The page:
Gold said Funk 'n Waffles stayed close to home for a reason.

"We could have opened a Funk 'n Waffles anywhere, but we did it here," he said. "It's my town. Everyone knows me here. Everyone knew my band."

Professor Haynie agrees. He's a Colorado native who chose to teach entrepreneurship at the Whitman School because of the university's attitude towards business.

"When I was trying to decide where to become a professor of entrepreneurship one of the things that drew me here was the fact that everywhere I looked and everyone I talked to was embracing entrepreneurship," he said.

Haynie said the college community is receptive and can be a nurturing place for student initiatives - initiatives such as Naresh Rammohan's franchise of Campus Destinations, based in North Carolina.

Campus Destinations hires student vendors to sell the "Black Card," a student discount card that offers special savings on participating businesses targeted to students. Rammohan is the Managing Director of Syracuse Operations. He works with a student team that promotes and sells the "Black Card" to other students.

"We have already been the most successful campus out of the Campus Destinations network as far as the number of vendors and affiliates we have signed," he said. Rammohan's Syracuse Operations has 29 participating businesses.

"The hardest part of starting a business is starting it and overcoming initial fears," he said.

For entrepreneurs such as Rammohan, it hasn't been easy to balance the books and the business.

"Everything is a lot tougher though as a student. Taking our business to the next level requires a lot of time and energy," he said.

On a typical day, Rammohan says he sends and receives 50 business e-mails and spends hours tending to Campus Destinations.

As a result, Rammohan says he has watched his business grow but has seen his free time and social life move to the back burner.

"That's the nature of the business," he said.

Sherman says because of he has had to adjust his social life as well.

"Instead of going to the bar five times a week I maybe go twice a week. You balance it out," he said.

SU football players Mikhail Marinovich and Niko Rechul had an even tougher balancing act to tackle. On top of academics and athletics, they opened Hollywood Hookah in November of this year.

This Middle Eastern style smoking lounge on Marshall Street close to campus provides a peaceful environment for students to smoke flavored tobacco.

One week after it opened, the co-owners ran into one problem after another. Fire investigators said improper coal disposal started a contained fire on November 20th that caused damage to the building.

On top of that, Marinovich and Rechul violated a NCAA bylaw that prohibits student athletes from indirectly attaching their names to a business promotion says Sue Edson, Director of Athletic Communications.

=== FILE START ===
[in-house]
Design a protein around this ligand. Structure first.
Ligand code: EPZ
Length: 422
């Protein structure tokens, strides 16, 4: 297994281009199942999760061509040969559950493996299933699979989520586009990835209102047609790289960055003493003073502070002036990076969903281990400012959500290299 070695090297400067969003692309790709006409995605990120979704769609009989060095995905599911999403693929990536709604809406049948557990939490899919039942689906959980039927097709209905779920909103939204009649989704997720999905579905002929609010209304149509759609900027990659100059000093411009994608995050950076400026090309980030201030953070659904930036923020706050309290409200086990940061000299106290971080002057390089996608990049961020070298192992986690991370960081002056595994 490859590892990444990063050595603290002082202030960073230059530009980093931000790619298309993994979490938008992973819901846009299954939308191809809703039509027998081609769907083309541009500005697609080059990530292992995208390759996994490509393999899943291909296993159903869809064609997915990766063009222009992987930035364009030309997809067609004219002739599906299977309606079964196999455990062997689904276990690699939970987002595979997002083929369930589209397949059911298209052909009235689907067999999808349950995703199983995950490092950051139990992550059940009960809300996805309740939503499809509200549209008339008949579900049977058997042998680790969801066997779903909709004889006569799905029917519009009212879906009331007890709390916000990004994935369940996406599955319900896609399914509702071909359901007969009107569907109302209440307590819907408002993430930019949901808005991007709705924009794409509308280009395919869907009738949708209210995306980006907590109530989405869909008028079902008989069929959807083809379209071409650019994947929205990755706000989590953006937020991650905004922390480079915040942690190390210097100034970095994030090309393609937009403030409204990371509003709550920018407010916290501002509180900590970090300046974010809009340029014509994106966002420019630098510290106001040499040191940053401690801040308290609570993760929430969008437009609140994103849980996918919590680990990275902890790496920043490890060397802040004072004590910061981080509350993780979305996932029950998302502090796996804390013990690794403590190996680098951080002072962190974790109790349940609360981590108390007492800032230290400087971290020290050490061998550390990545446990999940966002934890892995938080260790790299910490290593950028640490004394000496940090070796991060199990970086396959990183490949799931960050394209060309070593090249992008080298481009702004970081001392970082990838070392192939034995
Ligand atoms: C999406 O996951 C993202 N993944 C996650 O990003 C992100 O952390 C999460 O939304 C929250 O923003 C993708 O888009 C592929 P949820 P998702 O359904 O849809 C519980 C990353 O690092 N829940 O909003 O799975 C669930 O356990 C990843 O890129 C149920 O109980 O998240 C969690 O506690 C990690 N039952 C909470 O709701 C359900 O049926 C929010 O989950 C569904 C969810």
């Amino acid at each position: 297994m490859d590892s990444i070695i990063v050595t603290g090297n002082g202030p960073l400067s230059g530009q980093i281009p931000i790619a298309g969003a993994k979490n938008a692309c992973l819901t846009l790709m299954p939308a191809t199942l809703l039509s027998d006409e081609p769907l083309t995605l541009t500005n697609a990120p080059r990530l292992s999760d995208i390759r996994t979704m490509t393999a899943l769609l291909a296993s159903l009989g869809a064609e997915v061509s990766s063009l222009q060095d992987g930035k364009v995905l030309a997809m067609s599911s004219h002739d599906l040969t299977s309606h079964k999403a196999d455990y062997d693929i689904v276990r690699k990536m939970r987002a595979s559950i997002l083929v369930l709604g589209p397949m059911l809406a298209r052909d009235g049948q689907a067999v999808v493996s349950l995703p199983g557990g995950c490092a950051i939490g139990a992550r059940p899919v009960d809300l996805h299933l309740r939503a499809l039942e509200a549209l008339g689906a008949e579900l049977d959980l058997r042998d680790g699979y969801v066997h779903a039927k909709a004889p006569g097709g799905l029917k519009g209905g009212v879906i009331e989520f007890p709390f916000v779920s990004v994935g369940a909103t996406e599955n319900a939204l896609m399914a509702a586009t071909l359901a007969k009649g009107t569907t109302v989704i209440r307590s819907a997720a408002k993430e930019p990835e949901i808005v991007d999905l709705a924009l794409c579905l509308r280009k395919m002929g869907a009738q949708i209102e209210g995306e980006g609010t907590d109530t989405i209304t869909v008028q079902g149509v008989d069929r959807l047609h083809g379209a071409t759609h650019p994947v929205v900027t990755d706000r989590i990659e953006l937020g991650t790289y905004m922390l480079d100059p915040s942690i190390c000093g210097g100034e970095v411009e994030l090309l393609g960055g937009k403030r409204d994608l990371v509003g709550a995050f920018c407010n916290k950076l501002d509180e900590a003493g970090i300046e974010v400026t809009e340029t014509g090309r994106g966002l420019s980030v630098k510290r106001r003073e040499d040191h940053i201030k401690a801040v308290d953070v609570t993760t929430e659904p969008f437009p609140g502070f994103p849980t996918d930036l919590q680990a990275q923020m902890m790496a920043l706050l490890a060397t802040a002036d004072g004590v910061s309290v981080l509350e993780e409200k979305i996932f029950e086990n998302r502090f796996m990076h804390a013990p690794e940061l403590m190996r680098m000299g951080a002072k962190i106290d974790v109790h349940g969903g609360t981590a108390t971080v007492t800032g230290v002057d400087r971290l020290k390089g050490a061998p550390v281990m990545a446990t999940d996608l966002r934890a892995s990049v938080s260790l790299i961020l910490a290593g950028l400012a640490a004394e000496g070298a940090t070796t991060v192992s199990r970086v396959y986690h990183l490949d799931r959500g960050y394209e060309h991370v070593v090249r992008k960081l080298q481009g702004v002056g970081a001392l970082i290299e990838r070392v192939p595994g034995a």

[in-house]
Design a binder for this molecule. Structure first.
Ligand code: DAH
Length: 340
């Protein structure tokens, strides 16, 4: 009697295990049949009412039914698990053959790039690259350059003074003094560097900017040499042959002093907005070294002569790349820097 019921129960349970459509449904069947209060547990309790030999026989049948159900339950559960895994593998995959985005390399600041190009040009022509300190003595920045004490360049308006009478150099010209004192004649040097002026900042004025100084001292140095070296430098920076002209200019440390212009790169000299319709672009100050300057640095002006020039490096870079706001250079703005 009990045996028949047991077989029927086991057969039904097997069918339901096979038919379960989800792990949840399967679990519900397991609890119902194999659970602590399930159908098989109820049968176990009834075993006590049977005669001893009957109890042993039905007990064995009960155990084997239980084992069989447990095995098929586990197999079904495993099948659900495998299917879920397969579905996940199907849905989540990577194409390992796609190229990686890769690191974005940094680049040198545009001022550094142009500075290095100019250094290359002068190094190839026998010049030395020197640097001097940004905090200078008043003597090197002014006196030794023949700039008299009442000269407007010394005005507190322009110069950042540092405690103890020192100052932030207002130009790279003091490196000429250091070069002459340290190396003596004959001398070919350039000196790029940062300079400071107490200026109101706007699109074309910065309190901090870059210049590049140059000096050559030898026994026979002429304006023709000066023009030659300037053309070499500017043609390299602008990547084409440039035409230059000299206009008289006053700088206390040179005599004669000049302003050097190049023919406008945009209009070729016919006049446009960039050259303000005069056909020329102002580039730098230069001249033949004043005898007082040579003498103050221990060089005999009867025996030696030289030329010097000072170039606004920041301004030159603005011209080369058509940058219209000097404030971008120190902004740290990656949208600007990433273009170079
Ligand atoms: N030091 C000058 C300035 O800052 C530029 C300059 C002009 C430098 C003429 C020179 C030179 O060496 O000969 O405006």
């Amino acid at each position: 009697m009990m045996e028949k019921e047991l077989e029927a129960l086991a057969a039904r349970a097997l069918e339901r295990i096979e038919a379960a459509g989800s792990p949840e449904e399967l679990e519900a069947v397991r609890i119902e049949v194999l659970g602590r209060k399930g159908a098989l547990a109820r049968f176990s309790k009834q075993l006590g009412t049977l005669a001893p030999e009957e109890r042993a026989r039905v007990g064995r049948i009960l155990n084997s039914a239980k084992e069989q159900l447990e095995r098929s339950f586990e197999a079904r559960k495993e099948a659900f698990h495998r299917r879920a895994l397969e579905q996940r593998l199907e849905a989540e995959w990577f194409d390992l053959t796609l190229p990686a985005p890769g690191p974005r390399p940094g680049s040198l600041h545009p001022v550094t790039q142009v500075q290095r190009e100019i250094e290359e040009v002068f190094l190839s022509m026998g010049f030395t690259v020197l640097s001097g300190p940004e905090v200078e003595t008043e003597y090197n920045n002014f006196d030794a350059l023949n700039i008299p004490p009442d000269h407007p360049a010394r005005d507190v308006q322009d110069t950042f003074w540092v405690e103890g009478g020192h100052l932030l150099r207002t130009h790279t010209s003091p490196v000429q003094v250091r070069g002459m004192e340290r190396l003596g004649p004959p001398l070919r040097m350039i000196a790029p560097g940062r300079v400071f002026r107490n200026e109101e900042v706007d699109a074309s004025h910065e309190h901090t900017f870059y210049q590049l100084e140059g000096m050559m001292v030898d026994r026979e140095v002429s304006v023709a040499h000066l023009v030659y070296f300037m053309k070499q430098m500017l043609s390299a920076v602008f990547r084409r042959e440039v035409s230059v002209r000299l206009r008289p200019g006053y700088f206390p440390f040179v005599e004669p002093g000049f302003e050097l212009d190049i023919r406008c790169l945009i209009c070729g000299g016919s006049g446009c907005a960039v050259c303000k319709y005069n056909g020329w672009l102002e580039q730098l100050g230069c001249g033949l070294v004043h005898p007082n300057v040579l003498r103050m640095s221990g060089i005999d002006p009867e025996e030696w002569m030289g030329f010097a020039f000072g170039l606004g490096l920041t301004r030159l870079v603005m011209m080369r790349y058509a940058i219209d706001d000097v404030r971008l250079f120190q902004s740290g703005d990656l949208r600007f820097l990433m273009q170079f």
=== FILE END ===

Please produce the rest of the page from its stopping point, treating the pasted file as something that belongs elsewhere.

Edson says the SU Athletic Department told them if they continued to talk to the press they would suspend their athletic eligibility.

The athlete entrepreneurs handed over their management positions to Marinovich's girlfriend, Courtney Burton, until the football season finished.

Employees at the neighboring tattoo parlor said Hollywood Hookah is not operating its normal business hours.

Some student entrepreneurs have decided to leave school altogether to focus their time on business.

Bill Fishel was one semester away from graduating president of his class at Yale University when he dropped out to continue First Class Laundry, a company he and a friend from Depauw University in Indiana created as juniors in 2007.

"I was faced with opportunity where we could expand with the buzz that was generated," he said.

Fishel says he picked business over school because of Yale's demanding academics. Now that First Class Laundry has established several functioning branches at colleges across the country, Fishel plans to finish his degree at Yale in the upcoming spring semester.

"You can have moderate success but if you want to take it to the next level…something's got to give," he said.

After watching students become entrepreneurs, Whitman School Professor Watters agrees.

"To be honest, we found that many students struggled to keep their academic requirements met or the business would suffer. It's hard for anybody," he said.

"The students I've seen succeed are all driven. They're driven in a way that makes them sort of unnatural. They are focused, driven, overworked, hard working-there's no stop," Watters said.

With all the obstacles, pressures and demands that college life can throw at students, Sherman says he has the one thing it takes student entrepreneurs to be successful.
"All you need is passion," he said. "I think the only reason more people don't do it is because they haven't found something that they're passionate about. The second that you get passionate about a topic, suddenly you will find ways to do it."

No comments: